Instead, it’s best to work with your trusted financial advisor to plan for your retirement based on the income you have control of. And if you do happen to make out like Pip from Great Expectations, they can help you invest that money in a way that’s designed to help prepare you for the future.

If you ever have any questions about your investments or retirement plans, please feel free to give me a call at 801-545-0696.

Regards,
Mark Lund
Stonecreek Wealth Advisors, Inc.
11576 S State Street, Bldg. 1002
Draper, UT 84020

Sources:
1. http://go.pardot.com/e/91522/op-10-novels-about-inheritance/94k8fh/2191469456/h/KAk1r3Vi0XhST3VyBaRUkkFs4JEtntISNdmDKneh2Ek
2. http://go.pardot.com/e/91522/itance-estate-planning-2023-10/94k8fl/2191469456/h/KAk1r3Vi0XhST3VyBaRUkkFs4JEtntISNdmDKneh2Ek

Disclosure:This information should not be construed as investment, tax or legal advice and may not be relied on for the purpose of avoiding any Federal tax penalty. All information is believed to be from reliable sources; however we make no representation as to its completeness or accuracy. All economic and performance data is historical and not indicative of future results. Market indices discussed are unmanaged. Investors cannot invest in unmanaged indices. The publisher is not engaged in rendering legal, accounting or other professional services. If assistance is needed, the reader is advised to engage the services of a competent professional. This material was prepared by Efficient Advisors, LLC (“EA’) for Mark Lund, Mark is a Financial Advisor in Utah. He is known as a Wealth Advisor, The 401k Advisor, Investor Coach, Financial Planner, Investment Advisor and author of The Effective Investor. Mark offers investment advisory services through Stonecreek Wealth Advisors, Inc. a fiduciary, independent, fee-only, Registered Investment Advisor firm providing investment management and retirement planning for individuals and 401k consulting for small businesses. Mark’s newsletter is called The Effective Investor Newsletter. Cities served in Utah are: Salt Lake City, Salt Lake County, Utah County, Park City, Murray City, West Jordan City, Sandy City, Draper City, South Jordan City, Provo City, Orem City, Lehi City, Highland City, Alpine City, American Fork City. The views expressed herein are exclusively those of Efficient Advisors, LLC (‘EA’), and are not meant as investment advice and are subject to change. All charts and graphs are presented for informational and analytical purposes only. No chart or graph is intended to be used as a guide to investing. EA portfolios may contain specific securities that have been mentioned herein. EA makes no claim as to the suitability of these securities. Past performance is not a guarantee of future performance. Information contained herein is derived from sources we believe to be reliable, however, we do not represent that this information is complete or accurate and it should not be relied upon as such. All opinions expressed herein are subject to change without notice. This information is prepared for general information only. It does not have regard to the specific investment objectives, financial situation and the particular needs of any specific person who may receive this report. You should seek financial advice regarding the appropriateness of investing in any security or investment strategy discussed or recommended in this report and should understand that statements regarding future prospects may not be realized. You should note that security values may fluctuate and that each security’s price or value may rise or fall. Accordingly, investors may receive back less than originally invested. Investing in any security involves certain systematic risks including, but not limited to, market risk, interest-rate risk, inflation risk, and event risk. These risks are in addition to any unsystematic risks associated with particular investment styles or strategies.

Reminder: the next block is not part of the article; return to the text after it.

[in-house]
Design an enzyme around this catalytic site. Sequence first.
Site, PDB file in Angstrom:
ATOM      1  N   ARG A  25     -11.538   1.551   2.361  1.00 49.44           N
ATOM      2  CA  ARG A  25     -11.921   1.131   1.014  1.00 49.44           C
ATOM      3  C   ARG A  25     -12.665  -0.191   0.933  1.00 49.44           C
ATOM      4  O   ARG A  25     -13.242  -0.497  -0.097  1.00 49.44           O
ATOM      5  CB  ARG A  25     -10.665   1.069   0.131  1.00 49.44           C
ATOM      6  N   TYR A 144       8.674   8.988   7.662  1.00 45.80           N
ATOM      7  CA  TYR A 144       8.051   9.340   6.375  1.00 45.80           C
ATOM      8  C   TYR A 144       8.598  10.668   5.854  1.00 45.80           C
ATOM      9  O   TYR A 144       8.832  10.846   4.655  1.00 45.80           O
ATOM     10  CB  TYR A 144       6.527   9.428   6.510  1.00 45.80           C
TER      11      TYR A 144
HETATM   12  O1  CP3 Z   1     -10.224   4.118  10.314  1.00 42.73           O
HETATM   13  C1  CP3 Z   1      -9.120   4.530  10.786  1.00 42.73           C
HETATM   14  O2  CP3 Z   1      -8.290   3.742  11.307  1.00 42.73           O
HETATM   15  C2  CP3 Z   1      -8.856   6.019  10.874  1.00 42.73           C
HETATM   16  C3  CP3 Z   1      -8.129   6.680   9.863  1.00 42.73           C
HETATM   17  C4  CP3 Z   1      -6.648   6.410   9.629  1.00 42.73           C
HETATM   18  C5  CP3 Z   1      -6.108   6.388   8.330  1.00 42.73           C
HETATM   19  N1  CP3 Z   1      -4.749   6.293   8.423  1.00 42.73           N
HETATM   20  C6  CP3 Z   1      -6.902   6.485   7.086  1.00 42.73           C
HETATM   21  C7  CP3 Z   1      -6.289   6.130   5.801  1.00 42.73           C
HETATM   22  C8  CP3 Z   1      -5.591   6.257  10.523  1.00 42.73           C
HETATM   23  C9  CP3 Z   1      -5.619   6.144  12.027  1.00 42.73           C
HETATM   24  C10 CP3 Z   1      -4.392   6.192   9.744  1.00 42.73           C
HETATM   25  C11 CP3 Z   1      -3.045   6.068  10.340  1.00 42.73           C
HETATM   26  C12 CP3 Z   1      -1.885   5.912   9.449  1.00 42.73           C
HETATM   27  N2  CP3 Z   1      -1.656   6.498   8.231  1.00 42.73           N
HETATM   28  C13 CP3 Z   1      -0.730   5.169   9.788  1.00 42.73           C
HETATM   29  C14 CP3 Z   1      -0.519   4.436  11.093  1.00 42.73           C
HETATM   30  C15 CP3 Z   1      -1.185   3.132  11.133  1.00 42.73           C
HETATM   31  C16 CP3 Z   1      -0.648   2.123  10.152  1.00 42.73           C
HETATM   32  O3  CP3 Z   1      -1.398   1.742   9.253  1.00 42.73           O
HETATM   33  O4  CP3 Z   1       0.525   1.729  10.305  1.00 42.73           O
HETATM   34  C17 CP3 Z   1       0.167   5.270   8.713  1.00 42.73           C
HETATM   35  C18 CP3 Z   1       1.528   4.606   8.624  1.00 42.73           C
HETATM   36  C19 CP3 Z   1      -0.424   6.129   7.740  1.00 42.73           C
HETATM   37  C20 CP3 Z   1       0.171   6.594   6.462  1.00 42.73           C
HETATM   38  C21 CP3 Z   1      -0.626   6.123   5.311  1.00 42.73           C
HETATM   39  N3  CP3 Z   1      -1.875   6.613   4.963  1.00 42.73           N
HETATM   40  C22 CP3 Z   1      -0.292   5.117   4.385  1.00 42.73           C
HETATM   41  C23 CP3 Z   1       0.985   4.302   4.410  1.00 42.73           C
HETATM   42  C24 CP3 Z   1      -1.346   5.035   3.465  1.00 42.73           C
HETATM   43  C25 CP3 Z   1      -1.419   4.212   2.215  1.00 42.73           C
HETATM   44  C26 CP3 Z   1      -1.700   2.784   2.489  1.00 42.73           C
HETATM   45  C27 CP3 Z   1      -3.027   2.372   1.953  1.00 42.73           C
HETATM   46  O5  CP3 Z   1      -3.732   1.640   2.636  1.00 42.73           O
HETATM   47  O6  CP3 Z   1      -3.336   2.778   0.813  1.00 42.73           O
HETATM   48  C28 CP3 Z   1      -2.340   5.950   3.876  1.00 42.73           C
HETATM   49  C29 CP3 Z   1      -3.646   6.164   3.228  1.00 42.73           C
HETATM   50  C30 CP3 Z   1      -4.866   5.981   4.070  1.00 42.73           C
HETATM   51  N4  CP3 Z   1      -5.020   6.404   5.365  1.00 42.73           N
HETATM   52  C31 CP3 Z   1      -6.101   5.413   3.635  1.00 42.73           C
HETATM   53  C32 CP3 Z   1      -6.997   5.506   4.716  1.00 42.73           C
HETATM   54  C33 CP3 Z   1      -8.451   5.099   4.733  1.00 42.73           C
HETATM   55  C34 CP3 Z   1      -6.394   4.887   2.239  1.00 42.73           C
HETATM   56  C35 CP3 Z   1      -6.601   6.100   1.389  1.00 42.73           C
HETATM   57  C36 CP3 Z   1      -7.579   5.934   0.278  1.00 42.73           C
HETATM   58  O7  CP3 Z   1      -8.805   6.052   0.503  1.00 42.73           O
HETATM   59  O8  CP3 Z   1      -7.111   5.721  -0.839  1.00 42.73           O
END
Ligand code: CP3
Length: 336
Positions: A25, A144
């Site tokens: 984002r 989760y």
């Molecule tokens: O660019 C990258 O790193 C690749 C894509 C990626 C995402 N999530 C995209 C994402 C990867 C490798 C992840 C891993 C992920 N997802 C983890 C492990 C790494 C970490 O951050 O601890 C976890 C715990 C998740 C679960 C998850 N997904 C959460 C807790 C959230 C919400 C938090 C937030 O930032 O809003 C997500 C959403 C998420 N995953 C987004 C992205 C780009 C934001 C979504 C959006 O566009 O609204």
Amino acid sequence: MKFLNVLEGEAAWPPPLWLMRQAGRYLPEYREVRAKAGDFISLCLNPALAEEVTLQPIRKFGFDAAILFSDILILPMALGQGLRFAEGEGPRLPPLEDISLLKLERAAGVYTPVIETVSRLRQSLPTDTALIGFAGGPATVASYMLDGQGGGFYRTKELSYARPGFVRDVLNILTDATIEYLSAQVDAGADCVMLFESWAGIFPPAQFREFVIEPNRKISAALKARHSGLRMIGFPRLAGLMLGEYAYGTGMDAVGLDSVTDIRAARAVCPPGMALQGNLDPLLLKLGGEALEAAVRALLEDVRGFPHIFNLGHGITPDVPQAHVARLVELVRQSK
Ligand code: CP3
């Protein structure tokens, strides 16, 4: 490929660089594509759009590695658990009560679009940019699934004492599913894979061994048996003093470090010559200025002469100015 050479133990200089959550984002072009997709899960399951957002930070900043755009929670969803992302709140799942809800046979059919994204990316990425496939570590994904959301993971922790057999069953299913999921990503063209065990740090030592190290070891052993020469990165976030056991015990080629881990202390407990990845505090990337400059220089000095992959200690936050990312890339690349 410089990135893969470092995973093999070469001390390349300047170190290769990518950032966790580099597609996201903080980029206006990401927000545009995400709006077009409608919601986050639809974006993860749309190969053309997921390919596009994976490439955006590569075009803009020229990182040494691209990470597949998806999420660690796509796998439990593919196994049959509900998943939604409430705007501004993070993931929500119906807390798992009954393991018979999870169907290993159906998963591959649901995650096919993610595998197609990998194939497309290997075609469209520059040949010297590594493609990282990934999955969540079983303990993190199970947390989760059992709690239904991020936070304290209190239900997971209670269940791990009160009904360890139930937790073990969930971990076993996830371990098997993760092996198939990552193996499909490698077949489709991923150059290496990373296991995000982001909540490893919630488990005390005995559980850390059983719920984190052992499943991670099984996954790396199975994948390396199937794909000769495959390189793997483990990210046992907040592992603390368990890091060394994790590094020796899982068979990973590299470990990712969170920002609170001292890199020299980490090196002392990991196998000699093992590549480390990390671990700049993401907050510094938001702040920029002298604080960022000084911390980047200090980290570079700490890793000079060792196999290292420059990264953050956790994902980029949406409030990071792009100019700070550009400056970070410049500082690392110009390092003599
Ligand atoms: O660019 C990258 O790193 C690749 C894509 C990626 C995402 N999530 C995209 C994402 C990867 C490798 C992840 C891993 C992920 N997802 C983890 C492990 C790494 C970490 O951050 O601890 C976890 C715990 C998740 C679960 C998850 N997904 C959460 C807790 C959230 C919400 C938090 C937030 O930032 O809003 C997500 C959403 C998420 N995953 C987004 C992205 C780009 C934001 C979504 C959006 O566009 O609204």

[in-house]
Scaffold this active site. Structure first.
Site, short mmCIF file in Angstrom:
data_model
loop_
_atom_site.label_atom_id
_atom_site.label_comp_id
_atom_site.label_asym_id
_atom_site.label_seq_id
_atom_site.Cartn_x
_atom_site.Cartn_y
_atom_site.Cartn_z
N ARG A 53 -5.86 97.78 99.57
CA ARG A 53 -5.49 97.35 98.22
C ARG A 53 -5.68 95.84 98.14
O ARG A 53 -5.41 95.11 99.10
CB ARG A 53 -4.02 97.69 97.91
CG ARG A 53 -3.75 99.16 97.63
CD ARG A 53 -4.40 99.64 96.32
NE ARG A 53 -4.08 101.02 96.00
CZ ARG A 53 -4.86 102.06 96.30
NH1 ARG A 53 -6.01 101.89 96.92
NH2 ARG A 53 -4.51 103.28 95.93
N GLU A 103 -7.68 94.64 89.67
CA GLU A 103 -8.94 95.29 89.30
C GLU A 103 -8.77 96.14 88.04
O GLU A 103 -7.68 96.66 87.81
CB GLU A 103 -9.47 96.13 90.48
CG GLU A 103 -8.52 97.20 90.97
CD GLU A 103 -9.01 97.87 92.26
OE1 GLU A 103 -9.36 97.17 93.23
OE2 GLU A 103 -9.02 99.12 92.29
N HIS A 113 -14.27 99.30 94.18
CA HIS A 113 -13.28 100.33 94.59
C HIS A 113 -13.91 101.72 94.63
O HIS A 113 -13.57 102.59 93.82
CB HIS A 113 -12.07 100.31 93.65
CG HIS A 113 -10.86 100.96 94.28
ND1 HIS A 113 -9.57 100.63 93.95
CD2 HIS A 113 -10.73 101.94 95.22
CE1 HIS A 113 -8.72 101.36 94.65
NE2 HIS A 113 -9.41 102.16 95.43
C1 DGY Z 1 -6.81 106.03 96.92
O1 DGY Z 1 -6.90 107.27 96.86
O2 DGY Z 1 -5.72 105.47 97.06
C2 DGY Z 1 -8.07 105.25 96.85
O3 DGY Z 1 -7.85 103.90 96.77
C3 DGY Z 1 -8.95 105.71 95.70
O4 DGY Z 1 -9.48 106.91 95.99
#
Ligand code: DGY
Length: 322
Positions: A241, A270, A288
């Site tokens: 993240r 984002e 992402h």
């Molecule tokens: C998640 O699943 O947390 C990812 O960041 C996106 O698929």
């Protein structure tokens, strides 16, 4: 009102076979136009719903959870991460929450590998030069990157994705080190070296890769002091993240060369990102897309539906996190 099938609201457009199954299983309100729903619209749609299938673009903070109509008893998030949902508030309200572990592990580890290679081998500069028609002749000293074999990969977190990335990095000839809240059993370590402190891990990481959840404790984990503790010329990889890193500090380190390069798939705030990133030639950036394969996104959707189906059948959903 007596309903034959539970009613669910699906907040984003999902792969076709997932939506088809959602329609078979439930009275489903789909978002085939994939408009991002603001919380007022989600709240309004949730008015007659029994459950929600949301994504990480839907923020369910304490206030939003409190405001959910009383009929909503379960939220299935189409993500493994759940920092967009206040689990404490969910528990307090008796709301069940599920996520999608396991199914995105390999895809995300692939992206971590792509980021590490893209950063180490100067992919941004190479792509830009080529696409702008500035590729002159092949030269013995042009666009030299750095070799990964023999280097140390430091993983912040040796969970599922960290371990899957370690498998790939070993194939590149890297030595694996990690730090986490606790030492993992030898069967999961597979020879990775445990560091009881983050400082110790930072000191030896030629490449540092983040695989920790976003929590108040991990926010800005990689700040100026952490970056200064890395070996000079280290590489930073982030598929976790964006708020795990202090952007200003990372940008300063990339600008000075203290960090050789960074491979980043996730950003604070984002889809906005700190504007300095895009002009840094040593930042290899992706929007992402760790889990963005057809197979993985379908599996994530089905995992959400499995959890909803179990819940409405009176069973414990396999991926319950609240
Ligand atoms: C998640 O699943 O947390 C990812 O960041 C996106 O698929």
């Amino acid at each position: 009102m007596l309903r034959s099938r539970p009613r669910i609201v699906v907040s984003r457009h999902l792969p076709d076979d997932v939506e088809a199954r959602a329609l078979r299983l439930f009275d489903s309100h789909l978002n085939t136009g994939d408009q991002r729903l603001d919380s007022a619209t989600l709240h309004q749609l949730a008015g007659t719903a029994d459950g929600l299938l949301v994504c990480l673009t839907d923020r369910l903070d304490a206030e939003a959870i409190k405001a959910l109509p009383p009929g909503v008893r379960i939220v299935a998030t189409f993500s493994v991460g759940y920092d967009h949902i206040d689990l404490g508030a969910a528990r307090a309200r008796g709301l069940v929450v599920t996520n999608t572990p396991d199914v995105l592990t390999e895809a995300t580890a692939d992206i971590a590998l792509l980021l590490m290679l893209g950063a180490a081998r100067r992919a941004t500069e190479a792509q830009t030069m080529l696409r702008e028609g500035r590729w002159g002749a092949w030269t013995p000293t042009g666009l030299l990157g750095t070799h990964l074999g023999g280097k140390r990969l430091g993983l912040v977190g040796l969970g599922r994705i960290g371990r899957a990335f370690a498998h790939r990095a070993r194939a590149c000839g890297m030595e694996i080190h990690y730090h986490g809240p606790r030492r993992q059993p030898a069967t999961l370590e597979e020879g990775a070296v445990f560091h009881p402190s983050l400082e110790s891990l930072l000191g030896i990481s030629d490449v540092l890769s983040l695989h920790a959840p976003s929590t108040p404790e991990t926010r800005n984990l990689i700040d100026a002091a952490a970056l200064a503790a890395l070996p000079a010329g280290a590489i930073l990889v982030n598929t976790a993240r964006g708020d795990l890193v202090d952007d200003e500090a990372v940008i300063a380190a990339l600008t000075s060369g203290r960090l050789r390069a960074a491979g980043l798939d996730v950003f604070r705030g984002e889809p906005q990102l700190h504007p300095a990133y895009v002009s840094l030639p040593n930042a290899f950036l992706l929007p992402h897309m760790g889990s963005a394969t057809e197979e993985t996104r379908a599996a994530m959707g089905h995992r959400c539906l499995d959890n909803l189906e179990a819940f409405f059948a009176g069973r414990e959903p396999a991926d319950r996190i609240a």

Category: Blog, Newsletters

About the Author ()

Mark K. Lund is the author of The Effective Investor, a #1 Best Seller, and founder of Stonecreek Wealth Advisors, Inc. an independent, fee-only, Registered Investment Advisory firm. He has provided articles for or been quoted in: The Wall Street Journal, The Salt Lake Tribune, The Enterprise Newspaper, The Utah Business Connect Magazine, US News & World Report, and Newsmax.com, just to name a few.  Mark publishes two newsletters called, “The Mark Lund Growth Report” and “Mark Lund on Money.”  Mark provides CPE (continuing professional education) courses for CPAs.  You may also have seen him on KUTV Channel 2, or as a guest speaker at a local association or business. Mark provides investment and retirement planning services for individuals and 401(k) consulting for small businesses. In his book, The Effective Investor, Mark exposes the false narrative magazines, media, big Wall Street firms, and most advisors want you to believe. The good news is that Mark will show you that you don’t need their speculative ways of investing in order to be a successful investor. Get a free copy when you schedule your initial consultation.